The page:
Acyrthosiphon pisum sugar transporter gene; gene structure and gene clustering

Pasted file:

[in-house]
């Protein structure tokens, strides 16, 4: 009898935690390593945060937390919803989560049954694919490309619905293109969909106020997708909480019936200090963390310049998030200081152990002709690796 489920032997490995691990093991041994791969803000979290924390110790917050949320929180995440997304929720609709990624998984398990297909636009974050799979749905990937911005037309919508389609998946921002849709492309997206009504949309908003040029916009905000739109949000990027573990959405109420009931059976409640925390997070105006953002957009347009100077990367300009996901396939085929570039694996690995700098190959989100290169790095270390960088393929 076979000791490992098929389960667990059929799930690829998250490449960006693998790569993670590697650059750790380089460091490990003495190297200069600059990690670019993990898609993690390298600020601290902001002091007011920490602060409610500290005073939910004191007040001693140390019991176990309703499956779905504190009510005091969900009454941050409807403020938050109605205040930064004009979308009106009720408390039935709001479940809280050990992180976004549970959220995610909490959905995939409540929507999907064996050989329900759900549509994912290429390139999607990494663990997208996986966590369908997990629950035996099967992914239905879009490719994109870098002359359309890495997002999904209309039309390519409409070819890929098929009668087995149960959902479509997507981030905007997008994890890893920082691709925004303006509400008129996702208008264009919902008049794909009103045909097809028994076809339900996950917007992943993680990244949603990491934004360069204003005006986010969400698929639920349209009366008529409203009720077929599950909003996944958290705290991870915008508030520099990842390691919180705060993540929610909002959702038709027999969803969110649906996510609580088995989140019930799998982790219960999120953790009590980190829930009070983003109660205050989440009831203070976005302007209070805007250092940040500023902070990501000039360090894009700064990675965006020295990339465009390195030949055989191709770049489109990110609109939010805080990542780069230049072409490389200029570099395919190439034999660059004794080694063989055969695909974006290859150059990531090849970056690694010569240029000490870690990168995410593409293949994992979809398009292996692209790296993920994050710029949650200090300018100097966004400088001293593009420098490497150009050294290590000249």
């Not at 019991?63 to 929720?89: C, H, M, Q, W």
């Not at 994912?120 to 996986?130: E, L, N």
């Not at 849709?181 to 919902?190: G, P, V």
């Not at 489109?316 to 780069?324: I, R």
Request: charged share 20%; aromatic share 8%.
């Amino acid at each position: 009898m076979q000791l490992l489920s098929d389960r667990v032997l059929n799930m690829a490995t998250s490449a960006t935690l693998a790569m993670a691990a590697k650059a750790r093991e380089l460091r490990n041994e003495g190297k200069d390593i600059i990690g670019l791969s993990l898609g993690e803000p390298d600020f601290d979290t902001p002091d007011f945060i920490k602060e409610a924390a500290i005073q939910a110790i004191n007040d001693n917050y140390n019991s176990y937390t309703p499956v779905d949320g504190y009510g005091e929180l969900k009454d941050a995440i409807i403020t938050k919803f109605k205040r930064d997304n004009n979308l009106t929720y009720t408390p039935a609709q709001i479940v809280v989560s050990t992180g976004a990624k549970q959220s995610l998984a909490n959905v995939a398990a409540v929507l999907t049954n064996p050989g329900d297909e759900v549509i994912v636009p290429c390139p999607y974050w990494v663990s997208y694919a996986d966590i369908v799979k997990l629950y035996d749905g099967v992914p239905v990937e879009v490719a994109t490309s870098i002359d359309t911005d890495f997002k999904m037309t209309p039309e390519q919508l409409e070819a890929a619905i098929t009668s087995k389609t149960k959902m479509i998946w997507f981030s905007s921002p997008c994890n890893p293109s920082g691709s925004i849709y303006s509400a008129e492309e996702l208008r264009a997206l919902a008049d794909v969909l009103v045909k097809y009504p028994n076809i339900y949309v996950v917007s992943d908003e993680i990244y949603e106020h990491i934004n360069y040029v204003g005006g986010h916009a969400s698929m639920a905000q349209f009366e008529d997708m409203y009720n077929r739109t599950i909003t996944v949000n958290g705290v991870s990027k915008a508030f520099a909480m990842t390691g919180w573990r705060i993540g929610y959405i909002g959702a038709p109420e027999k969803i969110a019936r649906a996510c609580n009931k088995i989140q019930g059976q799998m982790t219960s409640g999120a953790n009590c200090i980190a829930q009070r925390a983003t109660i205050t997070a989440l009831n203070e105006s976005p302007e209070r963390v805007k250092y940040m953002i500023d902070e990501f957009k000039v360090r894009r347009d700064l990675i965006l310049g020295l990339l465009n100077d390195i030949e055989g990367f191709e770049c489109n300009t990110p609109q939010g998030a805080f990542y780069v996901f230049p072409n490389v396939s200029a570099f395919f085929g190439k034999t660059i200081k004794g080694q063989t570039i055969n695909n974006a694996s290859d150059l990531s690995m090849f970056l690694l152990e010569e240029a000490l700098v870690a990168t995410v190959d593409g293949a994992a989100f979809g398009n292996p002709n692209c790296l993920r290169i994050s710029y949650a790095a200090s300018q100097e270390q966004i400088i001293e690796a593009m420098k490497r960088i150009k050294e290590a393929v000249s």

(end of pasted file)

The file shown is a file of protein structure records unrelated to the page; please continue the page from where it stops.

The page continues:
Most A. pisum sugar transporter genes have a multi-exon structure, with 7–9 exons being typical. No global evidence for exon boundaries corresponding with functional units in the proteins, such as trans-membrane helices, was observed. Intron size was highly variable, although introns near the 5′ end of the coding sequence and in the 5′ untranslated region (UTR) were generally longer than others. There was unambiguous evidence from ESTs of alternate splicing at the 5′ ends of many well-expressed genes, and this affected the predicted sequence of the N-terminal cytoplasmic region of the protein in some cases. No introns were present in any 3′ UTR. Four genes had no introns in the coding sequences, and these were not represented by ESTs. The structure of Ap_ST3, the gene whose product is functionally characterized in this paper, is shown in Fig. 1A; this gene has 7 exons with alternative splicing giving two different exon 1 sequences in the 5′ UTR.